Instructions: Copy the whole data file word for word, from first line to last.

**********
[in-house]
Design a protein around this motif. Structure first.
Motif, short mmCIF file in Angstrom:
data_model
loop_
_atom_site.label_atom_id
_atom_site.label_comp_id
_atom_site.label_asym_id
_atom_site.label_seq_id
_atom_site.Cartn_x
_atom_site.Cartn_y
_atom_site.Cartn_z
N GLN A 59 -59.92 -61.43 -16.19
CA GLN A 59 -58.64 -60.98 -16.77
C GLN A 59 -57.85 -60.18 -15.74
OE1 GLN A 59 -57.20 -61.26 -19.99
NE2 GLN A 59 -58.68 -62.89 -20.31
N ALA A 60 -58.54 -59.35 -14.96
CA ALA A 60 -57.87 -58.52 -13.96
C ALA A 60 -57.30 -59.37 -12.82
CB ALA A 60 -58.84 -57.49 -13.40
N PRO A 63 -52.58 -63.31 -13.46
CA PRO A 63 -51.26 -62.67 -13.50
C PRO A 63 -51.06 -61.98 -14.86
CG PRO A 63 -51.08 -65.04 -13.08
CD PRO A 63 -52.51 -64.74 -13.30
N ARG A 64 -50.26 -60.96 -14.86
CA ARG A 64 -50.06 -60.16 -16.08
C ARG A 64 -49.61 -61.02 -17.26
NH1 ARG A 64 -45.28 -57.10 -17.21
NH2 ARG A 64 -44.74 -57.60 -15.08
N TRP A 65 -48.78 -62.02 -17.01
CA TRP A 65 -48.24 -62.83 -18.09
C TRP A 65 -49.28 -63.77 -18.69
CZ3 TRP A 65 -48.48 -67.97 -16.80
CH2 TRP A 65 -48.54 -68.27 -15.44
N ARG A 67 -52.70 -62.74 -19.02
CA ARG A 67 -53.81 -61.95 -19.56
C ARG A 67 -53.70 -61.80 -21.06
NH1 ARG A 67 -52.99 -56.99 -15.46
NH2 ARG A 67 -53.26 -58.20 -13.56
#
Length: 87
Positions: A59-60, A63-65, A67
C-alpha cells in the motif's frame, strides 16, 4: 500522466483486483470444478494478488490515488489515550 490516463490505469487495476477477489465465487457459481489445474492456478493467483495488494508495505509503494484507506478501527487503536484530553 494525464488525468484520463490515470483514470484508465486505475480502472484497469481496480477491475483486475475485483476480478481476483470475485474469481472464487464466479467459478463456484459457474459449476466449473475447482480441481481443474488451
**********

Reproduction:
[in-house]
Design a protein around this motif. Structure first.
Motif, short mmCIF file in Angstrom:
data_model
loop_
_atom_site.label_atom_id
_atom_site.label_comp_id
_atom_site.label_asym_id
_atom_site.label_seq_id
_atom_site.Cartn_x
_atom_site.Cartn_y
_atom_site.Cartn_z
N GLN A 59 -59.92 -61.43 -16.19
CA GLN A 59 -58.64 -60.98 -16.77
C GLN A 59 -57.85 -60.18 -15.74
OE1 GLN A 59 -57.20 -61.26 -19.99
NE2 GLN A 59 -58.68 -62.89 -20.31
N ALA A 60 -58.54 -59.35 -14.96
CA ALA A 60 -57.87 -58.52 -13.96
C ALA A 60 -57.30 -59.37 -12.82
CB ALA A 60 -58.84 -57.49 -13.40
N PRO A 63 -52.58 -63.31 -13.46
CA PRO A 63 -51.26 -62.67 -13.50
C PRO A 63 -51.06 -61.98 -14.86
CG PRO A 63 -51.08 -65.04 -13.08
CD PRO A 63 -52.51 -64.74 -13.30
N ARG A 64 -50.26 -60.96 -14.86
CA ARG A 64 -50.06 -60.16 -16.08
C ARG A 64 -49.61 -61.02 -17.26
NH1 ARG A 64 -45.28 -57.10 -17.21
NH2 ARG A 64 -44.74 -57.60 -15.08
N TRP A 65 -48.78 -62.02 -17.01
CA TRP A 65 -48.24 -62.83 -18.09
C TRP A 65 -49.28 -63.77 -18.69
CZ3 TRP A 65 -48.48 -67.97 -16.80
CH2 TRP A 65 -48.54 -68.27 -15.44
N ARG A 67 -52.70 -62.74 -19.02
CA ARG A 67 -53.81 -61.95 -19.56
C ARG A 67 -53.70 -61.80 -21.06
NH1 ARG A 67 -52.99 -56.99 -15.46
NH2 ARG A 67 -53.26 -58.20 -13.56
#
Length: 87
Positions: A59-60, A63-65, A67
C-alpha cells in the motif's frame, strides 16, 4: 500522466483486483470444478494478488490515488489515550 490516463490505469487495476477477489465465487457459481489445474492456478493467483495488494508495505509503494484507506478501527487503536484530553 494525464488525468484520463490515470483514470484508465486505475480502472484497469481496480477491475483486475475485483476480478481476483470475485474469481472464487464466479467459478463456484459457474459449476466449473475447482480441481481443474488451